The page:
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When I saw the previews to "Kings Go Forth" in 1958, I was excited. This looked like an important picture with big stars (Frank Sinatra, Tony Curtis, Natalie Wood). That I already realized this at the age of 9 still strikes me as fairly remarkable. Later, I couldn't remember much about it after seeing it, except for its climactic battle scene. So, when it showed on Turner in 2005, I decided to watch it again. The interracial theme is certainly dated now, but this was strong stuff in 1958, particularly for someone from the South. After all, at that time southern department stores had separate restrooms for "White" and "Colored," and interracial marriage was ILLEGAL in southern states. However, the interracial theme is really not all that important to the story, as the themes of Sinatra's alienation, Wood's infatuation and Curtis' narcissism are probably elements familiar to MOST of us. Ever pine for a girl/guy friend who fell hard for someone else who was showier or better looking? I would, however, like to touch on what I believe is an unfair criticism of the film; i.e., that Natalie Wood is not convincing as someone of mixed race. Blonde, blue-eyed Cameron Diaz is Swedish and Cuban, and has said in interviews that her father's skin is black and that it is very likely her children would be.
I thought Natalie Wood and Tony Curtis were just great in this movie, as was Leora Dana as Natalie's mother. Wood never received her due as an actress and I thought her French accent was just fine. Curtis is absolutely chilling in his confrontation with Dana and Wood and it is easy to understand why Sinatra would want to kill Curtis. I think Sinatra is somewhat miscast as the "ugly duckling" who pines for Wood. After all, we've all seen too many movies where Sinatra's won the hearts of girls as pretty as Wood (if there ARE any other girls as pretty as Wood). Watching the film again, I couldn't help but wonder what Charles Bronson could have done with Sinatra's role. Nonetheless, given the potentially explosive (at that time) interracial element, it is unlikely "Kings Go Forth" would have been made without Sinatra's participation. Further, the episodic structure of "Kings Go Forth" plays against the sexual tension of a love triangle. Finally, the ending is almost annoyingly noncommittal. It shouldn't be; after all, there are enough clues as to what should eventually transpire between the principals. I think, here, the problem continues to be Sinatra. He is simply too aloof and passionless.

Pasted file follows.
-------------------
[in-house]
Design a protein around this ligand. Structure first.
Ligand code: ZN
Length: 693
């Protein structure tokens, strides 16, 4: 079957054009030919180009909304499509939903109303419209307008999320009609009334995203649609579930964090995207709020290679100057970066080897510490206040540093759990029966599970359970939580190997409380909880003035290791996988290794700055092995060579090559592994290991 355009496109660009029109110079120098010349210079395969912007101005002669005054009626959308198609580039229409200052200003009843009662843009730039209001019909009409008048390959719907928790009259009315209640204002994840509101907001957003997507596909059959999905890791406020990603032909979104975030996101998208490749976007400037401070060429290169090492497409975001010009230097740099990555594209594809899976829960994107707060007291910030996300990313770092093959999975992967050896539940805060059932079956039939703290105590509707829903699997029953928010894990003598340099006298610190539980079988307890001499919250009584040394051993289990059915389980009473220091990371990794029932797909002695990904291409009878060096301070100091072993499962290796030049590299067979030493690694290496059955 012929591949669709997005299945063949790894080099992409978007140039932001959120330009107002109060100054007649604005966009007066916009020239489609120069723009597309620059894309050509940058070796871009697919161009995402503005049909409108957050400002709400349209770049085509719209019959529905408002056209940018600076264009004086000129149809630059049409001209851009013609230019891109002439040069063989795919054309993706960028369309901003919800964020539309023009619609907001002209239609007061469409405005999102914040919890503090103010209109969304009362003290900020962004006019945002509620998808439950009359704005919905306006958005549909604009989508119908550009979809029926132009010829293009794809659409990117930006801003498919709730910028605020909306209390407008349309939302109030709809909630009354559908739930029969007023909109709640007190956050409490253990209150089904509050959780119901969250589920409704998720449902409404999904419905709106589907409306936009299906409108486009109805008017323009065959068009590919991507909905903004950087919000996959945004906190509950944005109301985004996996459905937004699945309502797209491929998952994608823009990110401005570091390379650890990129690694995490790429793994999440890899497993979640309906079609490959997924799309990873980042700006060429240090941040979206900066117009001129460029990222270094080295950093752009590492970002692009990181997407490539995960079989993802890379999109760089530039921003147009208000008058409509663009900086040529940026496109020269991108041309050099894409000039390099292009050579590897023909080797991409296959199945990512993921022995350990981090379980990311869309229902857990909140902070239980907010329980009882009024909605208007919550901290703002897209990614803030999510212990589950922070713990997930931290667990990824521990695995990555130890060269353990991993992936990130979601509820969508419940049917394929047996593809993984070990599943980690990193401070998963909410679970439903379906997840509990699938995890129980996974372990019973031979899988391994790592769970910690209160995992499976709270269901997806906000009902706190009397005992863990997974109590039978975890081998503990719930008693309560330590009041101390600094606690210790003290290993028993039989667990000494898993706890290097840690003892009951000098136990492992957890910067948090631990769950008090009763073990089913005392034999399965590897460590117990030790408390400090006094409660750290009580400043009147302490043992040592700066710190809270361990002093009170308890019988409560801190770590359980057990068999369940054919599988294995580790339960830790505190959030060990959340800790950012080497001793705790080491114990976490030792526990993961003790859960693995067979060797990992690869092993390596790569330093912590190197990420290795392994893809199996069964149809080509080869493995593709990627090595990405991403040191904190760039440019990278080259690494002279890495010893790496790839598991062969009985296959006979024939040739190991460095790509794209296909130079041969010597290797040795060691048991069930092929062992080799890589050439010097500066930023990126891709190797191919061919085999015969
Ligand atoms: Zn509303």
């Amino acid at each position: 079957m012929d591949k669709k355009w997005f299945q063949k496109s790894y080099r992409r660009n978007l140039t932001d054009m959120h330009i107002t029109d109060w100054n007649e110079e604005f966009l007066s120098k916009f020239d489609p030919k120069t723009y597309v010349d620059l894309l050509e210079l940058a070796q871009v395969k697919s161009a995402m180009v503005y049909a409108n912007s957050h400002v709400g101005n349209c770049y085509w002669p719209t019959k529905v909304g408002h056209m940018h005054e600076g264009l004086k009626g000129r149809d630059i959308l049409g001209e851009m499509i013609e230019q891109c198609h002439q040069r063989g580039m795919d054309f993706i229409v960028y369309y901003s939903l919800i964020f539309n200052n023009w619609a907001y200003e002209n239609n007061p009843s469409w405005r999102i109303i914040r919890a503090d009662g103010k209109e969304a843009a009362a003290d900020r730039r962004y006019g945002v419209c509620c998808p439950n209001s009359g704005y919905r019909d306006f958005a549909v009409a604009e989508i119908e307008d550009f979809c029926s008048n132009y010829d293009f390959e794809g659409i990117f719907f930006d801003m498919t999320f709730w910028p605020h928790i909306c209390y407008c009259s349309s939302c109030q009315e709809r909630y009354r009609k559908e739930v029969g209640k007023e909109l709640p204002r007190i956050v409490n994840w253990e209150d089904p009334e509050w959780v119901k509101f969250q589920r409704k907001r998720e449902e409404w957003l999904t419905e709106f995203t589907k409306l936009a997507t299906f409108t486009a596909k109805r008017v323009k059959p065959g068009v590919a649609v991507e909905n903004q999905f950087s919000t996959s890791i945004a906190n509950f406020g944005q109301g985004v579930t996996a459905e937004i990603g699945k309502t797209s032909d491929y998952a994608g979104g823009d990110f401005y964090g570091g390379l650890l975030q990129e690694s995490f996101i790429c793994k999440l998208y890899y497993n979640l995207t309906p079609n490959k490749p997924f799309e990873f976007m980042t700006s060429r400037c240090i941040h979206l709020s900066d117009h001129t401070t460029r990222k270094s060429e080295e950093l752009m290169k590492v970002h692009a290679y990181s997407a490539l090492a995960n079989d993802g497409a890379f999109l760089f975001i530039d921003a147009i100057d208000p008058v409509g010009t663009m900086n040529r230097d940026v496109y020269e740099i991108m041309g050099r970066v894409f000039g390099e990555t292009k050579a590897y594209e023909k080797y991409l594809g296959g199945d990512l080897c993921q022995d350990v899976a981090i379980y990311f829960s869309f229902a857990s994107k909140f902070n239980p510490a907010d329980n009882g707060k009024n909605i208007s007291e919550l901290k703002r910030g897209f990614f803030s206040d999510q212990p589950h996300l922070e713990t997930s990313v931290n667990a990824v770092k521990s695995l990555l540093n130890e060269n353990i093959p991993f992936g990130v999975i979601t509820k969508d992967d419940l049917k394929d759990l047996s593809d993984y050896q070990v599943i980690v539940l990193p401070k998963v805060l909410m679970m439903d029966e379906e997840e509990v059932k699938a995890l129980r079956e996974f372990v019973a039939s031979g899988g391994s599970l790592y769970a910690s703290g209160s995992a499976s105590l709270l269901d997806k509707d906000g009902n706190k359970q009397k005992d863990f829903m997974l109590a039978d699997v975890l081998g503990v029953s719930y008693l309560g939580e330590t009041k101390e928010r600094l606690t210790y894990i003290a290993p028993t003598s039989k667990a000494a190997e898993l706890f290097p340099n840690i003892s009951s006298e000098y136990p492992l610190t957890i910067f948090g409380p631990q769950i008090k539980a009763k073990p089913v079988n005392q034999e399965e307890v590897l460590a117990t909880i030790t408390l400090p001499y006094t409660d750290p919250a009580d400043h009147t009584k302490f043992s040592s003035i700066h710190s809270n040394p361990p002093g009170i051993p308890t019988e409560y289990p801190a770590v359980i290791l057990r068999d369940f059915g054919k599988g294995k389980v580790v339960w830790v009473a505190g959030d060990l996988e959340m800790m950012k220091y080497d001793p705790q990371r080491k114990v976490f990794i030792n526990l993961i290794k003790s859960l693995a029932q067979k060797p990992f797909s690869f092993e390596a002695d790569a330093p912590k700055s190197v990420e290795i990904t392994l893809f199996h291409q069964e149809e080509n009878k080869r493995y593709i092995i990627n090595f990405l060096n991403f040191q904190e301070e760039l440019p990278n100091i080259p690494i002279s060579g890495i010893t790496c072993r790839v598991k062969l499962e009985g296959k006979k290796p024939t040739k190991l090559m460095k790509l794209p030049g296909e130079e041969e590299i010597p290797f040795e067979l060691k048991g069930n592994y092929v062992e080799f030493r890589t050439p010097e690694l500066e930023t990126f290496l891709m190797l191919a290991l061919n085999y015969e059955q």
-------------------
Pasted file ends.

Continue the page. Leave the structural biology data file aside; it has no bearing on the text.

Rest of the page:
Given my criticisms, you may be surprised to know I really like "Kings Go Forth." I give it a "7". Oh, and for the record, the French ARE, historically, a VERY racially tolerant people. Witness "Cajuns," the French and Indian War, Josephene Baker and their acceptance of Indo-Chinese Eurasian children.
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